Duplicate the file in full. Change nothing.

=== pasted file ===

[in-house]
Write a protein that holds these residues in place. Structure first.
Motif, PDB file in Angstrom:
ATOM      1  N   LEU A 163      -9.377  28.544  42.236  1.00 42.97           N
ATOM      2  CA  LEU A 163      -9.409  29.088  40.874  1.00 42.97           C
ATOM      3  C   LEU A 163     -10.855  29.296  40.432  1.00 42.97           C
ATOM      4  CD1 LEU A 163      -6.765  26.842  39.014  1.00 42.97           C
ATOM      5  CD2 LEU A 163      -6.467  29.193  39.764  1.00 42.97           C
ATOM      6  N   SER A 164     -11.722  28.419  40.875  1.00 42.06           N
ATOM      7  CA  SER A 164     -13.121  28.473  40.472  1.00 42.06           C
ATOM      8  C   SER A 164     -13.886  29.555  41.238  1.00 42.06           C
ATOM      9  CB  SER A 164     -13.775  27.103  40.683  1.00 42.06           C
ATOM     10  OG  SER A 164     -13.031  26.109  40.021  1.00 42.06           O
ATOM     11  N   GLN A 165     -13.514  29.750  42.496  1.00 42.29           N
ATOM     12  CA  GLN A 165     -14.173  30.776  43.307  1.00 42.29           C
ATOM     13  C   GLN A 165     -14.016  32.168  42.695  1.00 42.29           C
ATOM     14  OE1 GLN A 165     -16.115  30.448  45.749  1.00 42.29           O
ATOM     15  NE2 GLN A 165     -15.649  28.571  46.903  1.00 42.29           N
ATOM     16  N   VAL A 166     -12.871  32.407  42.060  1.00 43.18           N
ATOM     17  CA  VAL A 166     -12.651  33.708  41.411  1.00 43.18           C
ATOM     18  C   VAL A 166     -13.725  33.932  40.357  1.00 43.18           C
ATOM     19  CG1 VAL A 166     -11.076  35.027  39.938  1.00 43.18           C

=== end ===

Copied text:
[in-house]
Write a protein that holds these residues in place. Structure first.
Motif, PDB file in Angstrom:
ATOM      1  N   LEU A 163      -9.377  28.544  42.236  1.00 42.97           N
ATOM      2  CA  LEU A 163      -9.409  29.088  40.874  1.00 42.97           C
ATOM      3  C   LEU A 163     -10.855  29.296  40.432  1.00 42.97           C
ATOM      4  CD1 LEU A 163      -6.765  26.842  39.014  1.00 42.97           C
ATOM      5  CD2 LEU A 163      -6.467  29.193  39.764  1.00 42.97           C
ATOM      6  N   SER A 164     -11.722  28.419  40.875  1.00 42.06           N
ATOM      7  CA  SER A 164     -13.121  28.473  40.472  1.00 42.06           C
ATOM      8  C   SER A 164     -13.886  29.555  41.238  1.00 42.06           C
ATOM      9  CB  SER A 164     -13.775  27.103  40.683  1.00 42.06           C
ATOM     10  OG  SER A 164     -13.031  26.109  40.021  1.00 42.06           O
ATOM     11  N   GLN A 165     -13.514  29.750  42.496  1.00 42.29           N
ATOM     12  CA  GLN A 165     -14.173  30.776  43.307  1.00 42.29           C
ATOM     13  C   GLN A 165     -14.016  32.168  42.695  1.00 42.29           C
ATOM     14  OE1 GLN A 165     -16.115  30.448  45.749  1.00 42.29           O
ATOM     15  NE2 GLN A 165     -15.649  28.571  46.903  1.00 42.29           N
ATOM     16  N   VAL A 166     -12.871  32.407  42.060  1.00 43.18           N
ATOM     17  CA  VAL A 166     -12.651  33.708  41.411  1.00 43.18           C
ATOM     18  C   VAL A 166     -13.725  33.932  40.357  1.00 43.18           C
ATOM     19  CG1 VAL A 166     -11.076  35.027  39.938  1.00 43.18           C